This is all fair. Being outside at a pool is not a scandal — even with his past comments on masking.
However, it is important to note that, in this case, Lemon’s actions were 1) not outside and 2) in violation of the CDC mask guidance. The CDC says that “If you are fully vaccinated, to maximize protection from the Delta variant and prevent possibly spreading it to others, wear a mask indoors in public if you are in an area of substantial or high transmission.” New York falls into this category.
This is not to say that the government should institute mask mandates, but rather to point out that Mr. Lemon’s latest incident runs afoul of the standard CNN itself laid out just a few weeks ago.
Pandemic Hypocrisy And The Role Of Government
At the beginning of the COVID-19 pandemic, the standard phrase heard over and over again is that “we are all in this together.” That sentiment lasted about five minutes.
Soon after, examples of politicians flouting the COVID-19 rules they themselves put in place became numerous — whether it be California Governor Gavin Newsom, Chicago Mayor Lori Lightfoot, or Speaker of the House Nancy Pelosi.
While this latest act of hypocrisy by Don Lemon is somewhat different because he was not breaking any rules, it is no less emblematic of the attitude put forward by so many in the political class as of late: advocate one set of rules while living by another. I don’t expect this to change anytime soon, but it remains important to call it out.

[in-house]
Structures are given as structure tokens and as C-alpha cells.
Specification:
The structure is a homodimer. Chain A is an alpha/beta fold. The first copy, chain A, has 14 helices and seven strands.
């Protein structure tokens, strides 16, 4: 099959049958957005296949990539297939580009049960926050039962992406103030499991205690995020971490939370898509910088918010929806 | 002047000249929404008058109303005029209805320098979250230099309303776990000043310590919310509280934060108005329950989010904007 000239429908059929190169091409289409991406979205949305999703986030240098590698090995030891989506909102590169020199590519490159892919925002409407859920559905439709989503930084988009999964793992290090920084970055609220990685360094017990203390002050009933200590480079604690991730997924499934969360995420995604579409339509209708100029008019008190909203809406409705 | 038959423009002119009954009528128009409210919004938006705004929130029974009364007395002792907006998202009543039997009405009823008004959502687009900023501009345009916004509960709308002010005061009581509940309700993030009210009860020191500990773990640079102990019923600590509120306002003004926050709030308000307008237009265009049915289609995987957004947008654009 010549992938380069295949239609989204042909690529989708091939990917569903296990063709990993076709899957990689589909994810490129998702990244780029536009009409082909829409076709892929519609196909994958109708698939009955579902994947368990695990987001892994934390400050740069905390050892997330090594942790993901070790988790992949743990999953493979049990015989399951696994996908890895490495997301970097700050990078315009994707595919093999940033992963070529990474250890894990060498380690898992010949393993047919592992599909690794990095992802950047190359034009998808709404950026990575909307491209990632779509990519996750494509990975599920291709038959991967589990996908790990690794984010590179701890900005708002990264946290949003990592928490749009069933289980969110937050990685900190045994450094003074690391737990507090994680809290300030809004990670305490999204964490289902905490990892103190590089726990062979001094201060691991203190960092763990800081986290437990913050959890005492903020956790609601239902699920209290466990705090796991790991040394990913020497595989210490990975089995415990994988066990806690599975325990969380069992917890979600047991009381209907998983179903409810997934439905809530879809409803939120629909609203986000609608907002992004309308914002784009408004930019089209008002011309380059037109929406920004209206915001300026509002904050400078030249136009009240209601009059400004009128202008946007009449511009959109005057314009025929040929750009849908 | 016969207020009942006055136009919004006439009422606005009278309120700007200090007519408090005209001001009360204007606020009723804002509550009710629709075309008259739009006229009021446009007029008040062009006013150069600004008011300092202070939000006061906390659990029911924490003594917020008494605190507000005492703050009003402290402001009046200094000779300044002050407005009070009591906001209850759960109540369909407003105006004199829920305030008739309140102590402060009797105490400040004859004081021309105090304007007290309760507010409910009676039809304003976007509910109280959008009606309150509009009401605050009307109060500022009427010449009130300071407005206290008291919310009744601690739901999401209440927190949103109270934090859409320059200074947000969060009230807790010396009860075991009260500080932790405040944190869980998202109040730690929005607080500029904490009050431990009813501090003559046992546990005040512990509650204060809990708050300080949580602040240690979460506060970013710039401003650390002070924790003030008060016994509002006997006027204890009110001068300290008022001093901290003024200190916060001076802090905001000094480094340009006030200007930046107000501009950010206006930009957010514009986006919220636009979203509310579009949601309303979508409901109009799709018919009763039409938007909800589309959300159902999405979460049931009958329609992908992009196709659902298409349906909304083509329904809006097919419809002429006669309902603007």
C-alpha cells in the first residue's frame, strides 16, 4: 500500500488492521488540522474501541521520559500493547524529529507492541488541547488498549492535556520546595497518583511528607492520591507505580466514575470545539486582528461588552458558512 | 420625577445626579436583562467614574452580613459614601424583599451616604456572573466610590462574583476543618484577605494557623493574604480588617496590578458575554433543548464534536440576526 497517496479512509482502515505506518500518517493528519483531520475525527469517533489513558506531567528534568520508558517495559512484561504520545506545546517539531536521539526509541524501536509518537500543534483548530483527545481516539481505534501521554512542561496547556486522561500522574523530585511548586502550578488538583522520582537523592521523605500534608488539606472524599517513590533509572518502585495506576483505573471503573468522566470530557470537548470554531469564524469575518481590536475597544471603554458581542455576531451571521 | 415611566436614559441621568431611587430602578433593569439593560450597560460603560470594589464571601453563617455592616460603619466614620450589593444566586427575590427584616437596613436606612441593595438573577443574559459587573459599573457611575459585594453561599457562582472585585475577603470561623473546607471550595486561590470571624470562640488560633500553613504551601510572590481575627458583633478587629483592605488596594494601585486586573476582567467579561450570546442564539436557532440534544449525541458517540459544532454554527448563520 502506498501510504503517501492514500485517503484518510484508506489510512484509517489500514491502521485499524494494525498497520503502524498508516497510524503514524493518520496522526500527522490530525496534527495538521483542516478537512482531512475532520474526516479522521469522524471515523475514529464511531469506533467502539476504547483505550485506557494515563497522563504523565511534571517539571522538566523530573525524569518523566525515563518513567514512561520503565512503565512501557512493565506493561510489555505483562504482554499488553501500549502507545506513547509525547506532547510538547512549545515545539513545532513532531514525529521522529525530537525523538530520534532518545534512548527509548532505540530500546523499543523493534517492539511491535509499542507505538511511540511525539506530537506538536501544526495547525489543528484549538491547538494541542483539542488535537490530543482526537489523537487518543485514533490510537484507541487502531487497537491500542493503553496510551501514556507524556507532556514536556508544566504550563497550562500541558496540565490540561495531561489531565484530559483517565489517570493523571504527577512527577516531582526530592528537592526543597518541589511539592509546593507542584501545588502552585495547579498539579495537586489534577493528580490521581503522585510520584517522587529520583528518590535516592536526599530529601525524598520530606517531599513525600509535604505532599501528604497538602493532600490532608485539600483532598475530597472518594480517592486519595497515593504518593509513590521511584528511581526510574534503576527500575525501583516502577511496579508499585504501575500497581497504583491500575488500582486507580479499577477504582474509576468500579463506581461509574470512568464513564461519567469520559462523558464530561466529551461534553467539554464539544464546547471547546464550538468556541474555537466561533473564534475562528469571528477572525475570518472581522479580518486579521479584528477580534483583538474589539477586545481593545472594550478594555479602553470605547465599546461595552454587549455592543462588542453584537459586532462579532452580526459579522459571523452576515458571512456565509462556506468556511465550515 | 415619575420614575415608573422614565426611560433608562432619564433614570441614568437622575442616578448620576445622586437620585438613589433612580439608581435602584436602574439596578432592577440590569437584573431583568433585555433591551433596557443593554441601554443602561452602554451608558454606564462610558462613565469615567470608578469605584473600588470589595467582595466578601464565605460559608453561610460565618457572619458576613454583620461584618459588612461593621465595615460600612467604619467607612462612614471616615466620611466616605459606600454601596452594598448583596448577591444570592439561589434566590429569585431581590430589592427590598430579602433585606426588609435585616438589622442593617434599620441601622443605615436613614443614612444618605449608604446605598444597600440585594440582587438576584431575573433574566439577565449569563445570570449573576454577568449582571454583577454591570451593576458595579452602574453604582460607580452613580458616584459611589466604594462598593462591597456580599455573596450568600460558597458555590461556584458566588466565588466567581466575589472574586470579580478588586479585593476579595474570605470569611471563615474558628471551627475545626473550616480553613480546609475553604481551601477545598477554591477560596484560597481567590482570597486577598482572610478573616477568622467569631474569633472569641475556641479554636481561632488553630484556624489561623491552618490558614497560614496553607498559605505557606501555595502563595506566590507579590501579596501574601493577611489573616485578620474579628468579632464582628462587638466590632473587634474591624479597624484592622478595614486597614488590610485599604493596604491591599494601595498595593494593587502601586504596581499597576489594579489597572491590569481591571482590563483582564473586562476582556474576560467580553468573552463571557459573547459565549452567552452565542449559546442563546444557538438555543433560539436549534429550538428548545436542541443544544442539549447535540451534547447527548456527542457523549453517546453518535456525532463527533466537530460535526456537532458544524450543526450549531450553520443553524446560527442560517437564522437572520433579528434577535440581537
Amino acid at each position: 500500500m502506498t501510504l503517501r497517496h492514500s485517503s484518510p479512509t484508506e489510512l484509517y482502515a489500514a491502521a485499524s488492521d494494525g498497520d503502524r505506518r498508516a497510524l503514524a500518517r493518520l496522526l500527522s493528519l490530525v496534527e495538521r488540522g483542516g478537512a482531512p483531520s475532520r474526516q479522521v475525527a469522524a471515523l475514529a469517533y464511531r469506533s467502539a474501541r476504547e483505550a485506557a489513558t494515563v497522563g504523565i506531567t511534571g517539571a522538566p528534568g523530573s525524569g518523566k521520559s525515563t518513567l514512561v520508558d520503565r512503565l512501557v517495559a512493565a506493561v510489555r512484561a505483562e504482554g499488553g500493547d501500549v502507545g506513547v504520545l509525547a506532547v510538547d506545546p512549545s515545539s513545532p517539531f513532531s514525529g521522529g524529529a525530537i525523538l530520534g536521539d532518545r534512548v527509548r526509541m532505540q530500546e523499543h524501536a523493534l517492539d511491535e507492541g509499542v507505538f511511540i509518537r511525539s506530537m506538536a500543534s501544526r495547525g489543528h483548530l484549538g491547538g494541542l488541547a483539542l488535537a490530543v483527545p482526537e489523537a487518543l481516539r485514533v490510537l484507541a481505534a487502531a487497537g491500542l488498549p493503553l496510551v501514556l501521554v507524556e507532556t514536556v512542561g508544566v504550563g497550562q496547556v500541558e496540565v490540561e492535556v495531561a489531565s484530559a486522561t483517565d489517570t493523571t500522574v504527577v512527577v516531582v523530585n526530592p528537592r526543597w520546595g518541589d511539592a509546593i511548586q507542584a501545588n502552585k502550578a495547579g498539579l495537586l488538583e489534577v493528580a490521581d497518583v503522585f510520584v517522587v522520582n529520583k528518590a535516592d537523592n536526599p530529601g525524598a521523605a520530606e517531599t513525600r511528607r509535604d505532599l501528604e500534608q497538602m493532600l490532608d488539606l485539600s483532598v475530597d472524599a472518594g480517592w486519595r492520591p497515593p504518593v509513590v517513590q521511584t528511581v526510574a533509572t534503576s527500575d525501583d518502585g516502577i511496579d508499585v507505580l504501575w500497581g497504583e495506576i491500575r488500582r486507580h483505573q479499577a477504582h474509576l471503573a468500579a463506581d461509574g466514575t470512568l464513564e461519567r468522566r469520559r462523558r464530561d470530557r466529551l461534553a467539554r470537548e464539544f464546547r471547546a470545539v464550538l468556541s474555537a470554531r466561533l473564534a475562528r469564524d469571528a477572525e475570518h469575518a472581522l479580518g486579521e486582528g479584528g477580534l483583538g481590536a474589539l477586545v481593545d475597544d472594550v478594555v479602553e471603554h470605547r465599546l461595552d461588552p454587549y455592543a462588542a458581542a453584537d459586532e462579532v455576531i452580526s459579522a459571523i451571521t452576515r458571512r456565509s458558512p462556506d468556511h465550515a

In Billy Joel’s song My Life, which he sang at the concert, he says:
I don’t care what you say anymore this is my life
Go ahead with your own life, leave me alone……
Obviously, a society that wishes to survive cannot do so if they take this idea to an extreme. However, it should be understood that the role of government in a free society is to protect one’s rights from being violated by his or her fellow citizens, not to ensure that individuals never make poor personal decisions.
Famed economist Ludwig Von Mises wrote that “Once the principle is admitted that it is the duty of the government to protect the individual against his own foolishness, no serious objections can be advanced against further encroachments.”
This is the trap Lemon is falling into by supporting widespread mask mandates. So, beyond the surface-level hypocrisy, it is equally important to recognize and counter the mistaken ideas about the role of government that currently permeate our society.
The post Exclusive: I Spotted Three of CNN’s Most Well-Known Names at an Indoor Billy Joel Concert—Without Masks On was first published by the Foundation for Economic Education, and is republished here with permission. Please support their efforts.